“Writing is a manual labor of the mind: a job, like laying pipe.” --John Gregory Dunne
Very few beginning writers can afford to quit their day jobs to follow their calling full time. As Lorrie Moore wisely advises in her short story “How to Become a Writer,” “First try to be something, anything, else. A movie star/astronaut. A movie star/missionary. A movie star/kindergarten teacher.” While some new writers are affiliated with academia, others support their habit with more traditional blue collar jobs.
Nathan Poole falls into the latter category of writers. Although he has received several academic fellowships, Poole has primarily worked as a plumber and carpenter to earn a living. In Father Brother Keeper, winner of the 2013 Mary McCarthy Prize in Short Fiction, Poole turns from manual labor to demonstrate his creative skills in crafting language.
Set primarily in the often harsh rural landscape of southeastern United States, these stories explore individual and family issues that challenge characters, often over several generations. In “The Firelighter” and the title story protagonists have to face the failures that have shaped their lives and the decisions they have made that have led into a downward spiral. In “Year of the Champion Tree” a young man is learning to cope with the suicide of his brother while the young boy who narrates “Stretch Out Your Hand” is learning to cope with the unexpected recovery of his sister after a bout with raw milk fever claims the life of her best friend.
“The Strength of Fields” contrasts two brothers’ responses to the realization that their father, who has abandoned his family, is mentally ill. In “Fallow Dog” a young man faces the disappointing truth that his late grandfather was not who he believed him to be when he discovers badly abused bait dogs on his property. At the end of “Swing Low Sweet Chicken Baby” the protagonist is hit with the startling results of his male fertility test and the reality that he may be alone for a long time.
Parent-child relationships are at the heart of three stories: “They Were Calling to One Another,” “Lipochrome,” and “Silas.” In each of these stories parents are learning accept their children, who have become very different individuals than they imagined. The father-daughter estrangement in “A Map of the Watershed” is fueled by the protagonist’s realization that he is suffering from Alzheimer’s disease.
Shelf-Awareness Reviewer Julia Jenkins summarizes the collection accurately and concisely:
The stories all feature people living simply, accommodating change if not embracing it, and struggling to move forward through whatever life hands them. Poole's voice is original, authentic and starkly honest; he is clearly compassionate toward his characters even as he walks them through terrible everyday calamities.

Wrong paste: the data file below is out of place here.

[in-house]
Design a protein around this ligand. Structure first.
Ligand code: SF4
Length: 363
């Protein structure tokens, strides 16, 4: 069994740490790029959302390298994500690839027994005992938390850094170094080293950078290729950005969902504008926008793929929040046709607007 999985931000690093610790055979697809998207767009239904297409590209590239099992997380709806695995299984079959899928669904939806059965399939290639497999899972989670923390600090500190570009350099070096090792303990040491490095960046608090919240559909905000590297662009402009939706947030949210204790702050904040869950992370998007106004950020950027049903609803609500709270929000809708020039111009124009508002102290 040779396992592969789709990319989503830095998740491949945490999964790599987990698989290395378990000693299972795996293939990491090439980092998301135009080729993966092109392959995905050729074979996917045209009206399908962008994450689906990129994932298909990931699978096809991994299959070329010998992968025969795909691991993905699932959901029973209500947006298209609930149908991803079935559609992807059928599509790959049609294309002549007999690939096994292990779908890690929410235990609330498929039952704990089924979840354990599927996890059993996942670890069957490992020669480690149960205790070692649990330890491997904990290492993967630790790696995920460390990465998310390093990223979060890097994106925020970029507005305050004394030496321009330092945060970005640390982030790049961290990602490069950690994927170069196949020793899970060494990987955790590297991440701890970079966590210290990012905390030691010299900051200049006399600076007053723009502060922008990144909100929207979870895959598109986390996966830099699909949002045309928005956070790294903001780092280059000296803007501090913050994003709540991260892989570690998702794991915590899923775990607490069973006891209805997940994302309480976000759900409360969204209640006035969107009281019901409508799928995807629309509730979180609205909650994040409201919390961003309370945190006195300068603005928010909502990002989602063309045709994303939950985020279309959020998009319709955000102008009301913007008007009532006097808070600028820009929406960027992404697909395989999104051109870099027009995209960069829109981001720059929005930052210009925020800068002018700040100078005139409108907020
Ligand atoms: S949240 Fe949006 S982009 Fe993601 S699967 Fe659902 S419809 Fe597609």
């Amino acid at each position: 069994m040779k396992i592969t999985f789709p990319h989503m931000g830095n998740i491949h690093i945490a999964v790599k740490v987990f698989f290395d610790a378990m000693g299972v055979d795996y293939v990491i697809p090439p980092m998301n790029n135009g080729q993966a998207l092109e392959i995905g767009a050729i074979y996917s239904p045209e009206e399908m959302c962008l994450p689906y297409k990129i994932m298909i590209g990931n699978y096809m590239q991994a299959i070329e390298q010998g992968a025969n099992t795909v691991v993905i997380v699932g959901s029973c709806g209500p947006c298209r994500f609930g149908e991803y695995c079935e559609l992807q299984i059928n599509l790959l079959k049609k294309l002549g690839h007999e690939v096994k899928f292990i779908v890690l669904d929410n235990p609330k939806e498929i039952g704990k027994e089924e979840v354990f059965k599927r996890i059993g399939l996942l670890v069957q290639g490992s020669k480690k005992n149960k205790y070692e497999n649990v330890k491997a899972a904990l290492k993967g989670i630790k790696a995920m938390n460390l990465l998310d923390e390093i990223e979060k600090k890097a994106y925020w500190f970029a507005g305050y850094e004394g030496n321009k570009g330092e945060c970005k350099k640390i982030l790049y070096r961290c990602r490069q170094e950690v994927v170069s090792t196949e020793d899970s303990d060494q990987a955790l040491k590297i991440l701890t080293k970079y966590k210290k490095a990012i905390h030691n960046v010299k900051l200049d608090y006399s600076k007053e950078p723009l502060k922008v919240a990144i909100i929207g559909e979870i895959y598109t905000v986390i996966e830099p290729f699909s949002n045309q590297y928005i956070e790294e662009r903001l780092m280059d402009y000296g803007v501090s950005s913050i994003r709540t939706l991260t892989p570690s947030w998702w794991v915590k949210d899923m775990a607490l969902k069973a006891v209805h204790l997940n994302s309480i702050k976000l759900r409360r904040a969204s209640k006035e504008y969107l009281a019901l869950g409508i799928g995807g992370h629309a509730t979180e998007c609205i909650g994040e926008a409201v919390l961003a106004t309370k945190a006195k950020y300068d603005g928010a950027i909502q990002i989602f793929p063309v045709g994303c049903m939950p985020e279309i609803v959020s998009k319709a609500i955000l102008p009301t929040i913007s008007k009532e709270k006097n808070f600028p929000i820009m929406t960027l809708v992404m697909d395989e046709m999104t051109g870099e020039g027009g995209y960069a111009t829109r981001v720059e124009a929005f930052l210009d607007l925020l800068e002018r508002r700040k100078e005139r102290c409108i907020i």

“Silas” is a much quieter, character-driven story about a father’s acceptance of his unusual son. Silas is fourth in line to inherit his family’s pecan farm in Georgia but cares nothing about agriculture, to his father’s dismay. He has “one too many bad habits” for his father to understand. He runs naked through the pecan grove in the middle of the night, eats food on his plate clockwise, and stares at his hands held beneath his bathwater for hours. But Silas also has artistic talent which his father discovers and embraces, as he begins down the path to acceptance.
Nathan Poole's Writing Style
Image describes Poole as “a contemporary southern voice that feels at once strange and familiar. His prose has a generous lyricism, an unapologetic love of beauty, and an unhurried pacing that feel classically southern, but a style and freshness that are his own.”
Here are a few of my favorite passages that illustrate his style:
“The smells came late that summer and left him astounded, muttering. He had known this was coming, had felt the tremors in his mind and seen familiar objects—his can of shoe polish and his TV remote—transformed in his hand into strange artifacts.” (“A Map of the Watershed,” p. 3)
“From the road these abandoned tracts—their rotund fields rising and falling away in succession—appeared like conquered giants, large slain things left on their backs in the sun, showing their swollen and furrowed underbellies.” (“Anchor Tree Passing,” pp. 74-75)
“But there was another side, he realized, a hemisphere waxed always away from him, the tidal lock of an unlit landscape that he couldn’t map or reckon with. “ (“Silas, p. 89)
“It started at the very top of his head and widened in the center as it slanted toward his right eye. He brought the hand back in front of his face and rubbed the blood between his thumb and forefinger like he would antifreeze or motor oil, testing the viscosity.” (“Swing Low Sweet Chicken Baby,” p. 166)
About Nathan Poole
Father Brother Keeper is Poole's first short story collection and was named the 2013 Mary McCarthy Prize in Short Fiction award winner. His first novella, Pathkiller as the Holy Ghost, was awarded the 2014 Quarterly West Novella Contest. He lives in Columbia, South Carolina.